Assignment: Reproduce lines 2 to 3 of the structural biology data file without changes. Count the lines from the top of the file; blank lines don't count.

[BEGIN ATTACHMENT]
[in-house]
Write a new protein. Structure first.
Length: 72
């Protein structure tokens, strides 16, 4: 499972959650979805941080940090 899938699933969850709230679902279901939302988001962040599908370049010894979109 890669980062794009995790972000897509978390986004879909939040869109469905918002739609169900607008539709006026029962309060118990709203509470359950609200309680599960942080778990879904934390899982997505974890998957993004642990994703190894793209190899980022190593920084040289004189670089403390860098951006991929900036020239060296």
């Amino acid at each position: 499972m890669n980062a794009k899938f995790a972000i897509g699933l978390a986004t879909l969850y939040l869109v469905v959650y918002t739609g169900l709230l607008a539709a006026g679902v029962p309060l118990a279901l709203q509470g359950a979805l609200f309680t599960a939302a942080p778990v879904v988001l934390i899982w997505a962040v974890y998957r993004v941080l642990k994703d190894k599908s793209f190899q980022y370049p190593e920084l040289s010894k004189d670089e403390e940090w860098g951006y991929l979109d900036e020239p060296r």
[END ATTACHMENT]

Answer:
Write a new protein. Structure first.
Length: 72